Stillman said administrative offices, such as those at HHS, do not have guaranteed funding streams. If Congress decides to cut an administrative office's budget, it could threaten the office's ability to meet monthly leasing payments, he said. "My computer may be outdated now, but I own it," Stillman said. "With seat management, my computers may be removed; I would have nothing."

A Department of Veterans Affairs spokesman said tricky issues, such as transfer of property— determining who is legally responsible for equipment when it needs to be taken off site for repairs— may keep the VA from embracing seat management on a broad scale.

Moreover, the VA, which also spends more than $1 billion a year on IT, traditionally has not embraced IT outsourcing and already has established IT help desks and maintenance operations, he said.

"There will be some interest; how much is uncertain," the spokesman said. "There will probably be more at the facility level, at the hospital level, where it is more likely to be easier to have an independent contractor manage your systems."

Self said the concerns raised by potential users of Seat Management can be overcome. He said the sheer convenience presented by contracts that free agencies from the need to ensure software compatibility, network connectivity and smooth IT operations should make the contract popular. "Desktop operations today within the government are horrendous," Self said. "I think industry is going to be able to do a lot better."

John Okay, senior vice president for telecommunications and special studies at Federal Sources Inc. and the former deputy commissioner of GSA's Federal Technology Service, said seat management contracts will require agencies to do a lot of adjusting in the way they think about IT management. "It will take an effort to educate managers on what this means," he said.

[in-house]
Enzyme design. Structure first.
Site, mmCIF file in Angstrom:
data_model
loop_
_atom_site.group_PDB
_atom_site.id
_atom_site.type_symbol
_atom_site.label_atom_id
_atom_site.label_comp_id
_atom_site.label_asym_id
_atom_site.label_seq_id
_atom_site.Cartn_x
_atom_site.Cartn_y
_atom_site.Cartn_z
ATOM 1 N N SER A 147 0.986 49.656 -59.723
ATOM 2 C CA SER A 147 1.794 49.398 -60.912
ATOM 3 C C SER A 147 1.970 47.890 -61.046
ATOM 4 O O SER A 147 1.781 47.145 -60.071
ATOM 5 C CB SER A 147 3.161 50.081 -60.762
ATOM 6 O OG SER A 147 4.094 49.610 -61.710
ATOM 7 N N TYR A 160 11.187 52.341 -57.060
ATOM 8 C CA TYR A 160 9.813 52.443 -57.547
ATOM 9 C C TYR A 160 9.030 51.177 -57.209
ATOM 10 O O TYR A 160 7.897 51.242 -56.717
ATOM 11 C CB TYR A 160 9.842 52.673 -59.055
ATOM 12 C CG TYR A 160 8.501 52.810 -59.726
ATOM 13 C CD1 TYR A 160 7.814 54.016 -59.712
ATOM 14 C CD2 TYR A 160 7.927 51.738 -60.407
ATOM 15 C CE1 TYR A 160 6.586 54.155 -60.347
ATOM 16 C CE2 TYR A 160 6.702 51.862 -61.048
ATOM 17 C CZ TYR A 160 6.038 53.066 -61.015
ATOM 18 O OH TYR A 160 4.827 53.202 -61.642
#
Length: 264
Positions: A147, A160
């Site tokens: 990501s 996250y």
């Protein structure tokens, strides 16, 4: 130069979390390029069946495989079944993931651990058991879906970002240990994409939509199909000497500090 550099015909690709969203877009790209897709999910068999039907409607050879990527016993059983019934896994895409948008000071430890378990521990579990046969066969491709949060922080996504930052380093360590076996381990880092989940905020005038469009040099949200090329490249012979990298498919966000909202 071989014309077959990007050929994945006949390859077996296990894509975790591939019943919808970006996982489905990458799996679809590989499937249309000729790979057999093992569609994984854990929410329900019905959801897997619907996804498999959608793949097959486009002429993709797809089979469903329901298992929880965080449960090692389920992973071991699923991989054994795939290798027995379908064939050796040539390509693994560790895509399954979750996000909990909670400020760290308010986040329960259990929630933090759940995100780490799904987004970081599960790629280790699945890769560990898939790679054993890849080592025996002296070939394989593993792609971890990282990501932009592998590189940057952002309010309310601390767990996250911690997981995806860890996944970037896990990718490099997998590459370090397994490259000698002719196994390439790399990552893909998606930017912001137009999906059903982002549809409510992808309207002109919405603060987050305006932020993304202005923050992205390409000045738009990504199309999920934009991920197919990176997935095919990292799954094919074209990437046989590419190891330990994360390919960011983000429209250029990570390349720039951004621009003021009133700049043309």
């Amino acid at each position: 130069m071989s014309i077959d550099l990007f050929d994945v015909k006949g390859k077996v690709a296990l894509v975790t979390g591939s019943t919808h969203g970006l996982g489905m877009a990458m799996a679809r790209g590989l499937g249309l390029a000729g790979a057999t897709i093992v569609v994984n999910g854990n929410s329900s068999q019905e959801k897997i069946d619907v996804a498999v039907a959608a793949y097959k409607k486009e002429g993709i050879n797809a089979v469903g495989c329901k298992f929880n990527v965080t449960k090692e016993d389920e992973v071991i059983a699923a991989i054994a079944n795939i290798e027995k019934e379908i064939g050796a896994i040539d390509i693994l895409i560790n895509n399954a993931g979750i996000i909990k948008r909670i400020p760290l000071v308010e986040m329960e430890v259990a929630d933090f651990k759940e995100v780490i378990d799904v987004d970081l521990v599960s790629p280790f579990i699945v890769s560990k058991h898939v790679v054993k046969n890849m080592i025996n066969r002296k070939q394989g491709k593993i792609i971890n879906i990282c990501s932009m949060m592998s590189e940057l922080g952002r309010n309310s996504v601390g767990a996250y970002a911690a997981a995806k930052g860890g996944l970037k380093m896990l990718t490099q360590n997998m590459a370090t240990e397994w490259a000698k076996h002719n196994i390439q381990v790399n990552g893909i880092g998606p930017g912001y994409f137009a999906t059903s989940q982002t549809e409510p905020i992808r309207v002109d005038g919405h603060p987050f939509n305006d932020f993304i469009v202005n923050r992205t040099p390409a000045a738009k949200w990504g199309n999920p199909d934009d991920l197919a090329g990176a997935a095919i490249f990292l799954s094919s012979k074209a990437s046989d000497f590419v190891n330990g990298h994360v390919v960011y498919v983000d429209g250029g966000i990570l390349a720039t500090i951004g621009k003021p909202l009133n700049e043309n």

Okay said vendors will not be able to use a template that can be applied and tweaked a bit for each agency buying outsourcing services. But Okay still thinks this is a big business opportunity in the federal market. Federal Sources is developing a major seat management program to help agency IT managers know how to buy seat management services.

Despite their reservations, most federal IT executives said they remain open to using seat management. But several agencies said they would rather wait before embracing the concept.

"Our take is probably a conservative one," said Eugene "Kim" Taylor, acting CIO at the Transportation Department. "We are going to watch and see how it goes in terms of how the [contractors] perform and whether there are indeed economic advantages."

Candace Hardesty, assistant director of strategic planning and program administration at the Treasury Department, said the department is generally interested in the concept, largely because of the success that the Bureau of Alcohol, Tobacco and Firearms has had with its seat management contract, which was awarded last October to Unisys Corp.

Patrick Schambach, CIO at ATF, said the bureau's experience with seat management, although not without hitches, has been instrumental in updating aging systems. But Schambach's experience also brings into question another business argument cited by some supporters of seat management: that it will save money. "From a raw equipment standpoint, it costs more," Schambach said. "We're spending more money than we used to, but we've gone from a poor situation to a great situation."

-- Allan Holmes contributed to this article.